Litigation Funding in Australia: More Swings and Roundabouts as Lawyers Withdraw Application to be Funders
- The application to the Federal Court of Australia for lawyers to be able to fund class actions through related entities and circumvent the prohibition on contingency fees has been withdrawn.
- Third-party litigation funding remains a driving force behind class action litigation
- The Commonwealth Attorney-General looks likely to impose further regulation on litigation funding.
In Australia, lawyers are forbidden to undertake litigation on a contingency fee basis. For example, section 325 of the Legal Profession Act 2004 (NSW) states:
A law practice must not enter into a costs agreement under which the amount payable to the law practice, or any part of that amount, is calculated by reference to the amount of any award or settlement or the value of any property that may be recovered in any proceedings to which the agreement relates.
However, this prohibition does not apply to non-lawyers. Consequently, third-party litigation funders may contract to fund litigation on the basis that if the litigation is successful, the funder is entitled to a percentage of the recovery.
Lawyers as Funders
Maurice Blackburn, a firm known for its expertise in the shareholder and cartel class actions area, created its own funder: the Claims Funding Australia Trust, which has as its trustee Claims Funding Australia Pty Limited ("CFA"). Two of the law firm's senior principals are shareholders in CFA, and a third is one of CFA's three directors. The two shareholders hold their shares on trust for Maurice Blackburn. Further, all of Maurice Blackburn's principals are beneficiaries of the discretionary trust. An independent manager, Class Management Pty Ltd, was appointed to manage the assets of the trust and provide various services including recommendations for the funding of litigation.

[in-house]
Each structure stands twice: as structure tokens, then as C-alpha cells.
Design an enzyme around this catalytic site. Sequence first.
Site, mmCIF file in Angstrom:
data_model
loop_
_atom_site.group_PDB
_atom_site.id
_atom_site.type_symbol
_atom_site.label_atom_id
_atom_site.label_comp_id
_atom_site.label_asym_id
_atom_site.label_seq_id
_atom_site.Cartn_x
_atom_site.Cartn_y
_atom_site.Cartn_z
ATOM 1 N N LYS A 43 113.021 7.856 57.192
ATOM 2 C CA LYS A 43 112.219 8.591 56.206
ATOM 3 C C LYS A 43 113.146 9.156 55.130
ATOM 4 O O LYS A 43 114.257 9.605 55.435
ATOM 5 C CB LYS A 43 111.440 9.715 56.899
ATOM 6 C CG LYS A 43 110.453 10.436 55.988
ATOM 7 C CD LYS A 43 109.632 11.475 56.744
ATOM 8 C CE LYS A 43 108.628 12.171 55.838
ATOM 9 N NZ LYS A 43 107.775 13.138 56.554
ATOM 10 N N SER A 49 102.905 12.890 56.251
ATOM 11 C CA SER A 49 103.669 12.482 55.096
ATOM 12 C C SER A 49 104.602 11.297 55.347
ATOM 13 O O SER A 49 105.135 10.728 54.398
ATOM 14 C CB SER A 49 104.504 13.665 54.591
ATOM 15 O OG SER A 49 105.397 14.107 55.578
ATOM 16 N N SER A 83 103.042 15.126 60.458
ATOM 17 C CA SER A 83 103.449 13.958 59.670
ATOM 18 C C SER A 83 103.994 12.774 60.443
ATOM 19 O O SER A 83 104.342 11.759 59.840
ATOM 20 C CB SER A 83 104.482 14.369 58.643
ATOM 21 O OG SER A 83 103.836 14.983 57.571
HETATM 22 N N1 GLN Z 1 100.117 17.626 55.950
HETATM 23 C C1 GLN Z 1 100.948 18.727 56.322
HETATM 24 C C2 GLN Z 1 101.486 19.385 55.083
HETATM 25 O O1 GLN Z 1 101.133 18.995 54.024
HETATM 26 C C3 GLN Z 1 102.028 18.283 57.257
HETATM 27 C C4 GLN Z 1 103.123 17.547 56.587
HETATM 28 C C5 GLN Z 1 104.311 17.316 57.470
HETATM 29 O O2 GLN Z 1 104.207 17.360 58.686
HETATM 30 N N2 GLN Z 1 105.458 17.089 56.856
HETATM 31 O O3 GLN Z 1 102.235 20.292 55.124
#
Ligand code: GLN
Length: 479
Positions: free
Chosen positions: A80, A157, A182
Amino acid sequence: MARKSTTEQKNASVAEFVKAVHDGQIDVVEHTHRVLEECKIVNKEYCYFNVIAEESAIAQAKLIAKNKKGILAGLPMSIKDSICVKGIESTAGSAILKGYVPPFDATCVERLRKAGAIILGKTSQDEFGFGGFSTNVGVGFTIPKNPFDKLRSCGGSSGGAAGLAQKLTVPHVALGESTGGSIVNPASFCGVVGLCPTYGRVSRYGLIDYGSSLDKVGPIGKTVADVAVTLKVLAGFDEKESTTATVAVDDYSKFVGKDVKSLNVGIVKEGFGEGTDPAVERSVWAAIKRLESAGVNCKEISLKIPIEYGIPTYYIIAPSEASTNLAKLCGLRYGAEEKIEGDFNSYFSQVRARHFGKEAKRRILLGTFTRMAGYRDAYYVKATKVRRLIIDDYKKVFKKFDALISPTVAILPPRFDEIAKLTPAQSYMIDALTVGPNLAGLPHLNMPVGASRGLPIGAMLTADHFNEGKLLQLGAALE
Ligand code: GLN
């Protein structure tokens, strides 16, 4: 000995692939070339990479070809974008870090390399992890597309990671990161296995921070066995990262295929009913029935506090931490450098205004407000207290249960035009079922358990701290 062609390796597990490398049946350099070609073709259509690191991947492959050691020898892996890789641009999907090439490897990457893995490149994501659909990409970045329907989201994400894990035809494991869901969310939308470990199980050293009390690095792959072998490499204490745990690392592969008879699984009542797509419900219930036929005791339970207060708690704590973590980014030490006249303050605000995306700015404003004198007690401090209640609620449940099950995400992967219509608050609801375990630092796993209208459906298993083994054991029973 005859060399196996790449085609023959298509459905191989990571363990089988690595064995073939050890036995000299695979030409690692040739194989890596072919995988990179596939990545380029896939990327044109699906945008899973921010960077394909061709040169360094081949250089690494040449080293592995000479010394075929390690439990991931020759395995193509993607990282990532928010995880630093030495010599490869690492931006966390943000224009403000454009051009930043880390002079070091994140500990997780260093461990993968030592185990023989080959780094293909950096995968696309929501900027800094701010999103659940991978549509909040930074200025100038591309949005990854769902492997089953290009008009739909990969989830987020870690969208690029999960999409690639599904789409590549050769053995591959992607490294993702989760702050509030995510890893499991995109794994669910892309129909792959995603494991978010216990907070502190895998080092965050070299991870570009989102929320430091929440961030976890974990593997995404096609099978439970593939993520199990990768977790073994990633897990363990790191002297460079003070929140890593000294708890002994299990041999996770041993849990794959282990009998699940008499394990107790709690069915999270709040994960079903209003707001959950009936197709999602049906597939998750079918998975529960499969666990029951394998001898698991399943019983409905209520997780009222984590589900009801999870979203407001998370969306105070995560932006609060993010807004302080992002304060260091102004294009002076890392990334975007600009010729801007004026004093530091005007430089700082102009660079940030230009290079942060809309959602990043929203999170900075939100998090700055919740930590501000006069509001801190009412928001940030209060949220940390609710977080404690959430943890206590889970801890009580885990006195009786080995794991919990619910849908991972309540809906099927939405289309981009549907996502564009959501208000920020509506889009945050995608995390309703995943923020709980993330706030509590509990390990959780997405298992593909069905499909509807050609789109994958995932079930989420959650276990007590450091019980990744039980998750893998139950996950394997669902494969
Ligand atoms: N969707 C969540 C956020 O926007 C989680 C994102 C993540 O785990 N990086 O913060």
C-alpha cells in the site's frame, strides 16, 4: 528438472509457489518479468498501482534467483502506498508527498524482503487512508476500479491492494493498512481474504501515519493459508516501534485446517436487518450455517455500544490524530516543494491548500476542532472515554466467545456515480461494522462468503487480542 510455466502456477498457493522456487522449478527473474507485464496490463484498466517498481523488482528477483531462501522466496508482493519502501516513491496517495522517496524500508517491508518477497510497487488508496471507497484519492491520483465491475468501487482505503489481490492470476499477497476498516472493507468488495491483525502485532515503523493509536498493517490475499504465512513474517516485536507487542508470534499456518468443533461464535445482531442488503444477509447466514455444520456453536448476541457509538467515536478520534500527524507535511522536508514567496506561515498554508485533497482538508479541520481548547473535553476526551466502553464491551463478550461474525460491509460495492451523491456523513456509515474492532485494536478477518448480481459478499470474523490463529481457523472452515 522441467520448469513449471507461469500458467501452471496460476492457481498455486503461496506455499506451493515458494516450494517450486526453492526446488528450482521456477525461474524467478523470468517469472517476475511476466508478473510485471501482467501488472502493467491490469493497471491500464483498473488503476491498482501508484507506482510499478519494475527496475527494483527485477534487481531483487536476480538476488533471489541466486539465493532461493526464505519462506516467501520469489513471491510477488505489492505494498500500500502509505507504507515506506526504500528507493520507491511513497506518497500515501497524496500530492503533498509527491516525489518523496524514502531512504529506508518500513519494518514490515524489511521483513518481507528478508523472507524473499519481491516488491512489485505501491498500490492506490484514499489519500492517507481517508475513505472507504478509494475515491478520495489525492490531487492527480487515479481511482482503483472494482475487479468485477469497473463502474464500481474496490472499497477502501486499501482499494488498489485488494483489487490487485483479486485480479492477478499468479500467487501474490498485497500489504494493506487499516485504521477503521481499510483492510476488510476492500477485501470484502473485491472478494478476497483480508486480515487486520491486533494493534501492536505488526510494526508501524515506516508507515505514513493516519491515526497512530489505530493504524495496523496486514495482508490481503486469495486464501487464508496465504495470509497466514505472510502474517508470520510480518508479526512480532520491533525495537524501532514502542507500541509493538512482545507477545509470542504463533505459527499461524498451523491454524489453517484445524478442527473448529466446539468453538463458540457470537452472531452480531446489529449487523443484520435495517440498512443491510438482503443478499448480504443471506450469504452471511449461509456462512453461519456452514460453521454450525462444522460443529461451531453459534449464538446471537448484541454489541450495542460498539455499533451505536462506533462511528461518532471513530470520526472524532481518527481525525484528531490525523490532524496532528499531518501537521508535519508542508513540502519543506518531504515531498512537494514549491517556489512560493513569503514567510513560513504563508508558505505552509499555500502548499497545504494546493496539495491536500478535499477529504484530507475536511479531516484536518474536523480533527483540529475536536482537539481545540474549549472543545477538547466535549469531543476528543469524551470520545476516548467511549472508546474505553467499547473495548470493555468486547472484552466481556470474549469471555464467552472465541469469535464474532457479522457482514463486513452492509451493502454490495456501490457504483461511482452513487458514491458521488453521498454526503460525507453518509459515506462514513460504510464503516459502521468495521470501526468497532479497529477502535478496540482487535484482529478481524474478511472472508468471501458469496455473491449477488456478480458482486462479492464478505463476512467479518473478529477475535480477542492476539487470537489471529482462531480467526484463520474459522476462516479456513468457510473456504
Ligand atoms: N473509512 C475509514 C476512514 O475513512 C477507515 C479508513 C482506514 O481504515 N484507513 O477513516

On 27 August 2012, the manager issued a recommendation that CFA co-fund the Equine Influenza class action with another funder, Argentum Centaur EI Funding Private Limited ("Argentum"). The Equine Influenza class action (Clasul Pty Ltd v Commonwealth of Australia) involved claims for damages in negligence against the Commonwealth of Australia by entities that suffered economic loss due to the outbreak of equine influenza from the Eastern Creek Quarantine Station in August 2007. On 25 October 2012, CFA and Argentum entered into a co-funding agreement. Maurice Blackburn was retained as the lawyers for the Equine Influenza class action.